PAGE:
The Battle Of The Sexes: When Women Out-Earn Men Liza Mundy, author of The Richer Sex, discusses the trend — and implications — of women becoming the primary breadwinners in their families, a phenomenon that cuts across race, class and geographic location.

The Battle Of The Sexes: When Women Out-Earn Men

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Some of the men playing in this year's NCAA tournament will go on to lucrative careers in the NBA. And with an average annual salary of more than five million dollars, it will very likely make those men the primary breadwinners in their families.

But in her new book, "The Richer Sex," journalist Liza Mundy argues that traditional breadwinning roles are being flipped upside down. And now, many women are carrying their families financially. We started off by asking Mundy to read a section of her book.

LIZA MUNDY: (Reading) In a matter of decades, the traditional male breadwinner model has given way to one where women routinely support households and out earn the men they are married to, and nobody cares or thinks it's odd. The Hawkins family - sane, functional, rooted in a Midwestern state known for family values - offers a convincing vision of what America is becoming. We are entering an era where women, not men, will become the top earners in households. We are entering the era in which roles will flip, as resoundingly as they have done in this family. You laugh, but that big flip is just around the corner.

MARTIN: Tell me about the Hawkins family.

MUNDY: Well, this is a family of six adult siblings who grew up with a breadwinning dad in Detroit, worked for the auto industry. And they've found in adulthood, three of the siblings are in traditional marriages, but where the woman is the primary earner. Two other women are in female-breadwinning households. And there's one brother who is in a traditional breadwinning marriage. You know, in one generation there's been a complete flip, a complete transformation.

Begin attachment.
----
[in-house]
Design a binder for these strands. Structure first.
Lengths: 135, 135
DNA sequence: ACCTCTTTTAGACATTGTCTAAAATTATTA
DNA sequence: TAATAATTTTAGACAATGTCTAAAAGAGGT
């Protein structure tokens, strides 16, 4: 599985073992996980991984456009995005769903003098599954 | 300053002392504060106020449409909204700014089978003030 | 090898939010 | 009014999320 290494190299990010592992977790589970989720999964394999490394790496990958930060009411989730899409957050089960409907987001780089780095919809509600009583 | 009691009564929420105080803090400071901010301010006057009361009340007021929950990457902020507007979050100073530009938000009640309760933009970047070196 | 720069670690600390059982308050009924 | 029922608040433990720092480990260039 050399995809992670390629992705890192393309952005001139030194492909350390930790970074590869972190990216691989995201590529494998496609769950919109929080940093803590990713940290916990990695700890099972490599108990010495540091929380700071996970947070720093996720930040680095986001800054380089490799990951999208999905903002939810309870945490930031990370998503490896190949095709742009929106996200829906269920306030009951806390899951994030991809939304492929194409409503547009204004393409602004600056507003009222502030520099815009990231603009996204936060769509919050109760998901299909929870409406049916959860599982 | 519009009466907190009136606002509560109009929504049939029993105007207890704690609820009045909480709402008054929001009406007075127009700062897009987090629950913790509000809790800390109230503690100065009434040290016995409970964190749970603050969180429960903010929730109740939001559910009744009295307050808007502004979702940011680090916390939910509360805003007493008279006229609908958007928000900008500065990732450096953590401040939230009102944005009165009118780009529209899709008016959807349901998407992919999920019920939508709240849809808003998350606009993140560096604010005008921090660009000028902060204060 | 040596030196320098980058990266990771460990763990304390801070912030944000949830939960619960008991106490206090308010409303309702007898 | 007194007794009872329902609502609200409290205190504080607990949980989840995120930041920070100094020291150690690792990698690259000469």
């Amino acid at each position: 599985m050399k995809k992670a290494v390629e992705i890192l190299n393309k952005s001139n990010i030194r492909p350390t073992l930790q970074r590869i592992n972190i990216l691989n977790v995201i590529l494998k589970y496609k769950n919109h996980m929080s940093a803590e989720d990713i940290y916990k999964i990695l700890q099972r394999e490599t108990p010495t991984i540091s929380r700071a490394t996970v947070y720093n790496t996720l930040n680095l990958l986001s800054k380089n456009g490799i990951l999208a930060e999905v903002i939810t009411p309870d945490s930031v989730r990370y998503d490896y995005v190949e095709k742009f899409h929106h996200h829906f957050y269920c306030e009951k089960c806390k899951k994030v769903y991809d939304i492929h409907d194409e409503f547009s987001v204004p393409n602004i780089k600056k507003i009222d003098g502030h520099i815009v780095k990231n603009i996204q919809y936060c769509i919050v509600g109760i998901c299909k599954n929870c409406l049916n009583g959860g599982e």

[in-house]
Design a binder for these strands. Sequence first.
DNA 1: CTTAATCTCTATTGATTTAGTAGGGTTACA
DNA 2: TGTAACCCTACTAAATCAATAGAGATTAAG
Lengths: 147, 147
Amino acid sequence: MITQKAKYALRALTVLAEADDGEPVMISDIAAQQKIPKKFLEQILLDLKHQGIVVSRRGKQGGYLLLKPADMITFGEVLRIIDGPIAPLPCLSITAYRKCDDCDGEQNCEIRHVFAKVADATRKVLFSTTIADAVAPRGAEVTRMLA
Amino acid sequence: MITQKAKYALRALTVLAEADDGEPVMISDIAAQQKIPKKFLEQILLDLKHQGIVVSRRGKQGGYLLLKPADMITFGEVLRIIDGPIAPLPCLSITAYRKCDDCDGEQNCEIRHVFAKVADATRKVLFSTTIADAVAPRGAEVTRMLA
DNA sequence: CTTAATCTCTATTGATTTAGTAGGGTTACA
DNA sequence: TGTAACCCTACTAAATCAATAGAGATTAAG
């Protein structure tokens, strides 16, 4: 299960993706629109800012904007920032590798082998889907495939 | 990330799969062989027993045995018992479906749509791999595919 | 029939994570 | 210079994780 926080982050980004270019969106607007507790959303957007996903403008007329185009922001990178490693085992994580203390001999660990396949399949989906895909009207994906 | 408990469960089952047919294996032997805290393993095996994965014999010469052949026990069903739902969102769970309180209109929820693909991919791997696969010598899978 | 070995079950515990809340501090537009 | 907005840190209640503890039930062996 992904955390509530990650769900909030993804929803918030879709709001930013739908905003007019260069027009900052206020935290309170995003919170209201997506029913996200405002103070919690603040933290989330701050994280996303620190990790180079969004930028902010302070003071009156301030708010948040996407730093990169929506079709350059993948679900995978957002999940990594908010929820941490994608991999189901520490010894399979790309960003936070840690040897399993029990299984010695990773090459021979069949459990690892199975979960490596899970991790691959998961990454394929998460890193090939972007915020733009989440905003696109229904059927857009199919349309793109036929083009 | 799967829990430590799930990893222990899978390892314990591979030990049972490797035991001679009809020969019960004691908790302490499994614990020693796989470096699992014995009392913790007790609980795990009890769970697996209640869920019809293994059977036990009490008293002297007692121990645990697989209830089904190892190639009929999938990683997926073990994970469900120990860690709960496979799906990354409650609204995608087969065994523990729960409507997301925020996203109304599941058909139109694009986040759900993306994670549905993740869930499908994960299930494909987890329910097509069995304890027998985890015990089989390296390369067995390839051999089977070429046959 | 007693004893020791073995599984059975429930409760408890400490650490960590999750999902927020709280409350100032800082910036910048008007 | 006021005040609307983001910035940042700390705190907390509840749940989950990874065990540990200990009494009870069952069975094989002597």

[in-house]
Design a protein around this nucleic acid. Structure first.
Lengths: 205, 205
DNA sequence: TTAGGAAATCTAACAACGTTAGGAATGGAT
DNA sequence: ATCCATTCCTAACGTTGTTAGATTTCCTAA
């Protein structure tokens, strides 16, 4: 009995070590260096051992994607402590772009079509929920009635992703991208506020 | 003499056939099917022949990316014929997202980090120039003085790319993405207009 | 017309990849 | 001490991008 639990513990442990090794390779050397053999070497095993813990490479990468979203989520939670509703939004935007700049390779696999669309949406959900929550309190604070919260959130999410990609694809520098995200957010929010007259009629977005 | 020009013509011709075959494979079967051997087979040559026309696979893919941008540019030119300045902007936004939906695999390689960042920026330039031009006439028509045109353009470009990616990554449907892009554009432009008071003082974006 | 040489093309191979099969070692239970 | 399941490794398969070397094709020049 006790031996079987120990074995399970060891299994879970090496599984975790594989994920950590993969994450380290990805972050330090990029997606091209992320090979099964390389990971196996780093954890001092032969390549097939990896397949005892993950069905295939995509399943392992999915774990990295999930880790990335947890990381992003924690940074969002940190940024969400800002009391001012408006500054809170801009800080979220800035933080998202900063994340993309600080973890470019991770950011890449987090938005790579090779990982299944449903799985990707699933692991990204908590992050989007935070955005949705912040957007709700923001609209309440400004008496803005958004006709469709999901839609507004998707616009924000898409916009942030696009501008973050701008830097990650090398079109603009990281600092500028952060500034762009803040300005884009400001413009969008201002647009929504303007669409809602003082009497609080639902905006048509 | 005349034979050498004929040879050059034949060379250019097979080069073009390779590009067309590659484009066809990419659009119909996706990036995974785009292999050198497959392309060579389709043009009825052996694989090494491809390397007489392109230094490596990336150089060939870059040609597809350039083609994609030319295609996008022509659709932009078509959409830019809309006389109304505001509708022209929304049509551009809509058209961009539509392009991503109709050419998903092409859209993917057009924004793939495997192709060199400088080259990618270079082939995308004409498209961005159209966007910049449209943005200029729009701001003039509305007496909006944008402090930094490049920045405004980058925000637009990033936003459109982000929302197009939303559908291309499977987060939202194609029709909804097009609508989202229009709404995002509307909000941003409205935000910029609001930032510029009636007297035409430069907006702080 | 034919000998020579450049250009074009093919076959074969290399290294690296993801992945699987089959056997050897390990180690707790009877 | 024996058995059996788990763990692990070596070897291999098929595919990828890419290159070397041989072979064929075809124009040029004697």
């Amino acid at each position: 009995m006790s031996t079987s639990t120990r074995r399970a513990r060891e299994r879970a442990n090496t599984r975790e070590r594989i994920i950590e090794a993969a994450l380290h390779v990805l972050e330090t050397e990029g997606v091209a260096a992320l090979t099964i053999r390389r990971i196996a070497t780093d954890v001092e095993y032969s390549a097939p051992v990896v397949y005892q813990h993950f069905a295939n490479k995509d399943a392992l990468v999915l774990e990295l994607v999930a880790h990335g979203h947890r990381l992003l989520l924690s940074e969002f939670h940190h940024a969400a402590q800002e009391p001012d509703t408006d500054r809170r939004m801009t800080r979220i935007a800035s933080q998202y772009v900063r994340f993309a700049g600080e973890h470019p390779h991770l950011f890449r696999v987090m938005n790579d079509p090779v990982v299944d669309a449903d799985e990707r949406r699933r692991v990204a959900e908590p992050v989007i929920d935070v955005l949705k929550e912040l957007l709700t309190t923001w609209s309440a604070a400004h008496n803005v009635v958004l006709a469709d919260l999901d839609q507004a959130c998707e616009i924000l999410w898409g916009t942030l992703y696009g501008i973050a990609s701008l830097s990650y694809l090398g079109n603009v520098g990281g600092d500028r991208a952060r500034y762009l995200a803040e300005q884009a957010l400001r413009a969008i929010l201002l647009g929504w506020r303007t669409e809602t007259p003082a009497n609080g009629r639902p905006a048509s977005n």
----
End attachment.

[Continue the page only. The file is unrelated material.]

MARTIN: The thesis you're putting out here, that women are becoming the primary breadwinners, that cuts across race, economic class, geographic location in this country?

MUNDY: Absolutely, yes. It used to be a phenomenon of poverty. It used to be if a woman was a breadwinner, it was likely because her husband couldn't get a job. But it's not anymore. The fastest gains have been among sort of upper economic demographics. So it really does cut across all sectors of society now.

MARTIN: What are the economic reasons behind this?

MUNDY: Well, I think one major positive cause is the fact that women have flocked to colleges and universities in the past two or three decades. Women achieved parity with men in the 1980s and then they began outnumbering them on college campuses. And we are starting to see the economic rewards for women of that.

And what economists have shown is that three-quarters of the jobs that were lost during the recession, between 2007 and 2009, were jobs occupied by men. You know, it was called the mancession. And as our economy hollows out and these high-paying sort of working-class jobs are to a certain extent going away, women have moved out of these middle sectors up into higher paying jobs.

MARTIN: And you think this is a direct result of this most recent recession that really changed...

MUNDY: Well, it certainly happened before the recession but I think it became certainly more apparent. And in some sense it's starker.

MARTIN: I'm speaking with Liza Mundy. Her new book is called "The Richer Sex." And clearly, we would presume that if women are earning more and becoming the primary breadwinner, that the glass ceiling in the workplace must have dissipated, no?